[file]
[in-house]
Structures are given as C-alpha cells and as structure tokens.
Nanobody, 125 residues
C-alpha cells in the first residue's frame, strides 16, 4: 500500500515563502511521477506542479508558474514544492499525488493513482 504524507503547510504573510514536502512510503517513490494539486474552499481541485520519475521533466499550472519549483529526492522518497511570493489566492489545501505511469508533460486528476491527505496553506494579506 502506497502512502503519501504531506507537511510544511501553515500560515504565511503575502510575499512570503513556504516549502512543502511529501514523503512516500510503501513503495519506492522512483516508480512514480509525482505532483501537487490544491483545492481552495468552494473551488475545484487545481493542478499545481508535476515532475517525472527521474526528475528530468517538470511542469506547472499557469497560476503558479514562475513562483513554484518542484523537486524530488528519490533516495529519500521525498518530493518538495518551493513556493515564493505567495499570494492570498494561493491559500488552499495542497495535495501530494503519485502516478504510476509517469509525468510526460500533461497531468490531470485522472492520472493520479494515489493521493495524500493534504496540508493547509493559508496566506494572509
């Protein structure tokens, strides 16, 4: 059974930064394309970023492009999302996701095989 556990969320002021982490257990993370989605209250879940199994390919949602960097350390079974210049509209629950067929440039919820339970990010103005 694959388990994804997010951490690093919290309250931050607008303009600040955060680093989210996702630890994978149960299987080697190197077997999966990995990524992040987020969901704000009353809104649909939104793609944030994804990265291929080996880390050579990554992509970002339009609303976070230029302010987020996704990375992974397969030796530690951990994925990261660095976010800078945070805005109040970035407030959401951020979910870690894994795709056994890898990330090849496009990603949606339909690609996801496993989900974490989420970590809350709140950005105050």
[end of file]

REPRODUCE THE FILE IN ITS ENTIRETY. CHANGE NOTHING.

[in-house]
Structures are given as C-alpha cells and as structure tokens.
Nanobody, 125 residues
C-alpha cells in the first residue's frame, strides 16, 4: 500500500515563502511521477506542479508558474514544492499525488493513482 504524507503547510504573510514536502512510503517513490494539486474552499481541485520519475521533466499550472519549483529526492522518497511570493489566492489545501505511469508533460486528476491527505496553506494579506 502506497502512502503519501504531506507537511510544511501553515500560515504565511503575502510575499512570503513556504516549502512543502511529501514523503512516500510503501513503495519506492522512483516508480512514480509525482505532483501537487490544491483545492481552495468552494473551488475545484487545481493542478499545481508535476515532475517525472527521474526528475528530468517538470511542469506547472499557469497560476503558479514562475513562483513554484518542484523537486524530488528519490533516495529519500521525498518530493518538495518551493513556493515564493505567495499570494492570498494561493491559500488552499495542497495535495501530494503519485502516478504510476509517469509525468510526460500533461497531468490531470485522472492520472493520479494515489493521493495524500493534504496540508493547509493559508496566506494572509
């Protein structure tokens, strides 16, 4: 059974930064394309970023492009999302996701095989 556990969320002021982490257990993370989605209250879940199994390919949602960097350390079974210049509209629950067929440039919820339970990010103005 694959388990994804997010951490690093919290309250931050607008303009600040955060680093989210996702630890994978149960299987080697190197077997999966990995990524992040987020969901704000009353809104649909939104793609944030994804990265291929080996880390050579990554992509970002339009609303976070230029302010987020996704990375992974397969030796530690951990994925990261660095976010800078945070805005109040970035407030959401951020979910870690894994795709056994890898990330090849496009990603949606339909690609996801496993989900974490989420970590809350709140950005105050």